Get ready for a new low in customer experience, brought to you by Ann Taylor and their new Ann Taylor Labor Allocation System, or ATLAS.
Reported in today’s Wall Street Journal “Retailers Reprogram Workers in Efficiency Push,” the article states “because the system awards more-productive salespeople with favorable hours, it gives employees an incentive to persuade shoppers to buy things.”
Among the article’s more chilling quotes, consider this one from Scott Knaul, Ann Taylor’s Director of Store Operations: “Giving the system a nickname, Atlas, was important because it gave personality to the system, so (employees) hate the system and not us.” Enamored with the insight ATLAS has helped Ann Taylor glean, Mr. Knaul said “If we know that it takes five minutes to work with a client when they walk in the store, we won’t go over five minutes.” (Mr. Knaul, if you’re reading this, please share which business thought leaders have inspired you lately.)
One Ann Taylor saleswoman shared her concerns. “The new system, Ms. Houser says, doesn’t reward her style of selling. It no longer pays to spend time developing relationships with shoppers who might not buy anything on a particular visit, she says. ‘My client (contact) book is fatter than anybody else’s in the store,’ she says. ‘Does that mean I will get a bigger raise next time? No. Not if my (average sales) numbers don’t reflect that.'”
Carl Steidtmann, Chief Economist at Deloitte, said “Because few retail workers belong to unions, it is easier for employers to ‘move people around.'” Hmmm. How do you spell “exploitation?”
I began to wonder who would really want to work under the ATLAS microscope. To help Ann Taylor find the best candidates, I formulated this brief employment questionnaire, along with the desirable responses below.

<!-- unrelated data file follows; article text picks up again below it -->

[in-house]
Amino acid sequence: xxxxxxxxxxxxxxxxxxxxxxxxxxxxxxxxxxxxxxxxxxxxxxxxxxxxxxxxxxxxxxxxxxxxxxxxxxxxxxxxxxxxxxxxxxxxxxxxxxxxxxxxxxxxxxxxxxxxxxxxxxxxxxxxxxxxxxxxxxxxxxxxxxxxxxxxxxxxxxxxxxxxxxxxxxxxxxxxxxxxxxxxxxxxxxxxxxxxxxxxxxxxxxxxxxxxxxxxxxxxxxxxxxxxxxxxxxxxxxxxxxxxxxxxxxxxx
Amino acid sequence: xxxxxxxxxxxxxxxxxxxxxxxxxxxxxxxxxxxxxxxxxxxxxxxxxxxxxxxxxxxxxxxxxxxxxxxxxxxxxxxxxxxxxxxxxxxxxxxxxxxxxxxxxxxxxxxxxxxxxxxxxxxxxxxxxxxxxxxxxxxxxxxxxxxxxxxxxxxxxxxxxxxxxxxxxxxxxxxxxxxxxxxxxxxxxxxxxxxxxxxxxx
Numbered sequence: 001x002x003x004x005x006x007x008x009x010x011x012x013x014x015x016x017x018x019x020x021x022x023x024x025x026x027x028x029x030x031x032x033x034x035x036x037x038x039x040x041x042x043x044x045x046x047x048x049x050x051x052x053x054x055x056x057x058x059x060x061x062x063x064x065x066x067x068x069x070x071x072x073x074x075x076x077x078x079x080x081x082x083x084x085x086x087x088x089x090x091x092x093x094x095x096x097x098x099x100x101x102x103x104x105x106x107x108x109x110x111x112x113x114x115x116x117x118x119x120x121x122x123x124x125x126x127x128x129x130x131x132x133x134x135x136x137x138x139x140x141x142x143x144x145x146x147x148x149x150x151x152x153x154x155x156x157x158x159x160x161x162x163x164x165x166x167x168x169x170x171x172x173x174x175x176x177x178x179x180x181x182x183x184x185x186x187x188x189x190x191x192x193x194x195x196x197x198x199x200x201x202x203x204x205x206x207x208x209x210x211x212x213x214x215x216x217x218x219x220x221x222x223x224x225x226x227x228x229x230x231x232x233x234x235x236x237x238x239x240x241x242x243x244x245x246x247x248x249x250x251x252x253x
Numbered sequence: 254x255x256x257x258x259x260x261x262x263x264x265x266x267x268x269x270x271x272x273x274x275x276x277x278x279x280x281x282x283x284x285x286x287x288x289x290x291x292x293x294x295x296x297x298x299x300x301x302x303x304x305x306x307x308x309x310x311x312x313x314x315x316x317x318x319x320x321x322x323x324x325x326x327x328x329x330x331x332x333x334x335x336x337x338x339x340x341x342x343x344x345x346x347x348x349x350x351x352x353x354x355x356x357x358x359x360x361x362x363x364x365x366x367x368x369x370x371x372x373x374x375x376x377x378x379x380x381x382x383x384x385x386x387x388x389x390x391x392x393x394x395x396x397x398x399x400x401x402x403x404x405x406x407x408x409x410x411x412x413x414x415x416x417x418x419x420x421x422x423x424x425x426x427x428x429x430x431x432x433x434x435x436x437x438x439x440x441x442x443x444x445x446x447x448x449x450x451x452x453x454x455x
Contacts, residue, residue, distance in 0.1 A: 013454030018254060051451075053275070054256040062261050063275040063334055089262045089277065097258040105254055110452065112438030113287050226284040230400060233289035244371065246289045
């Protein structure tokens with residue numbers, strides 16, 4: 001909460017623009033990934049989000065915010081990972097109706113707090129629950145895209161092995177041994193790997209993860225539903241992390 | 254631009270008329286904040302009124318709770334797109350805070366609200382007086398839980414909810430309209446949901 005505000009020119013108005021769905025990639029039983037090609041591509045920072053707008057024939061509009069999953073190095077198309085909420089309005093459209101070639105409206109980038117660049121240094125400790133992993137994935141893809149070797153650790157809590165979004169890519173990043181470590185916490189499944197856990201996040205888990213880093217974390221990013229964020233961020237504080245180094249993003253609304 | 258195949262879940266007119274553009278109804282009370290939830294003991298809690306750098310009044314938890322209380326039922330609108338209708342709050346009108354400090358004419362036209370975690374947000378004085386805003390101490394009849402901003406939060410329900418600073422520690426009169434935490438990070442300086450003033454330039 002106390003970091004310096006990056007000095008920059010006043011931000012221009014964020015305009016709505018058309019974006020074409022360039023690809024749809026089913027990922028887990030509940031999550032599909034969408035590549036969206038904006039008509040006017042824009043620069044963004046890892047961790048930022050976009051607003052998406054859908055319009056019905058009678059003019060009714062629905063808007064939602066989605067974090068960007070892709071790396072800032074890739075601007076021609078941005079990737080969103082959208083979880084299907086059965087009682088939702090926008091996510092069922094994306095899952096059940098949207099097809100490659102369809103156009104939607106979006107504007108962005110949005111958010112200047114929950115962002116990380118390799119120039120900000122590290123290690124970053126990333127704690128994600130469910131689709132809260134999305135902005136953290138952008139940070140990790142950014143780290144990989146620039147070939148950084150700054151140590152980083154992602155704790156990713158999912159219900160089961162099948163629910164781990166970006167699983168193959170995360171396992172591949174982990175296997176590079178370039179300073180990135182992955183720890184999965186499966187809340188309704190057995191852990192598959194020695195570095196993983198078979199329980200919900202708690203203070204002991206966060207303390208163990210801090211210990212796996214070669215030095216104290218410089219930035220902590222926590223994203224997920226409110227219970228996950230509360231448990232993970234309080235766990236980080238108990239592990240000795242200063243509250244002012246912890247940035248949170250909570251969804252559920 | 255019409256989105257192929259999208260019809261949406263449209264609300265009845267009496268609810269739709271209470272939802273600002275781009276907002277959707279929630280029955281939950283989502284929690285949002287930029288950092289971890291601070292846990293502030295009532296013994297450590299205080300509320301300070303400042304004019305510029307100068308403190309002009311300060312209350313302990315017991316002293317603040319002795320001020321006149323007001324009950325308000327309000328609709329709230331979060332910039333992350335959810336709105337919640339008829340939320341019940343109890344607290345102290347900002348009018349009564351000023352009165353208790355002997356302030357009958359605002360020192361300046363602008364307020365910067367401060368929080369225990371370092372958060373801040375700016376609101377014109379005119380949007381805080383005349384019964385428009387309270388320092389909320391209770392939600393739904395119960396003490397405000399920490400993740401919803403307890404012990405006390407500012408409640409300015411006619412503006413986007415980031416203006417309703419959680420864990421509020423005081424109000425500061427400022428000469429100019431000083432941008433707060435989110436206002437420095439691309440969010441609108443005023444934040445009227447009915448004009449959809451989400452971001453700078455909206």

1) Oh no! Your Aunt Etta fell and she’s in the hospital with a broken hip. She needs you to help her complete her Medicare forms. But it’s the end of the month, and your store manager says if you miss any time, you’ll risk being demoted. Which of the following BEST describes the action you would take?
a) Come in to the store and focus on making my sales number. I’ll help Aunt Etta later.
b) Help Aunt Etta and see if I can persuade my manager not to demote me.
c) I’d have to think about it.
2) In sales, ethics
a) includes doing what is right for the customer
b) can probably be found in the dictionary somewhere
c) not sure why I would need to know this
3) You’re behind in achieving your weekly sales number. You have a customer who wants a dress and some accessories, but she only has $150 to spend. She likes a dress that’s on sale. You should
a) find out the credit limit on her Visa and steer her toward more expensive merchandise.
b) help her find a suitable combination, even if it means she spends less than $150.
c) tell her that your recommendations are motivated by making your weekly sales quota.
4) Two women enter the store at the same time. One is unkempt and has a fussy toddler in tow. The other one is by herself, holding a Nordstrom shopping bag and a Kate Spade purse. To meet your expected productivity goals, how many seconds should it take you to greet the woman holding the Nordstrom bag?
a) 1 second
b) 30 seconds
c) about a minute
d) don’t know. Shouldn’t she have time to browse?
5) Essay question: I’m all for feeling secure about my job, but employees need to understand that employers have the right to ________________, and __________________ . (use additional pages, if needed)
Correct answers: 1-A; 2-C; 3-A; 4-A
ATLAS is a euphemism for Employee Manipulation. Its use portends some eyebrow-raising sales behaviors. As far as productivity gains for Ann Taylor, a note of caution: be careful what you wish for, you might get it!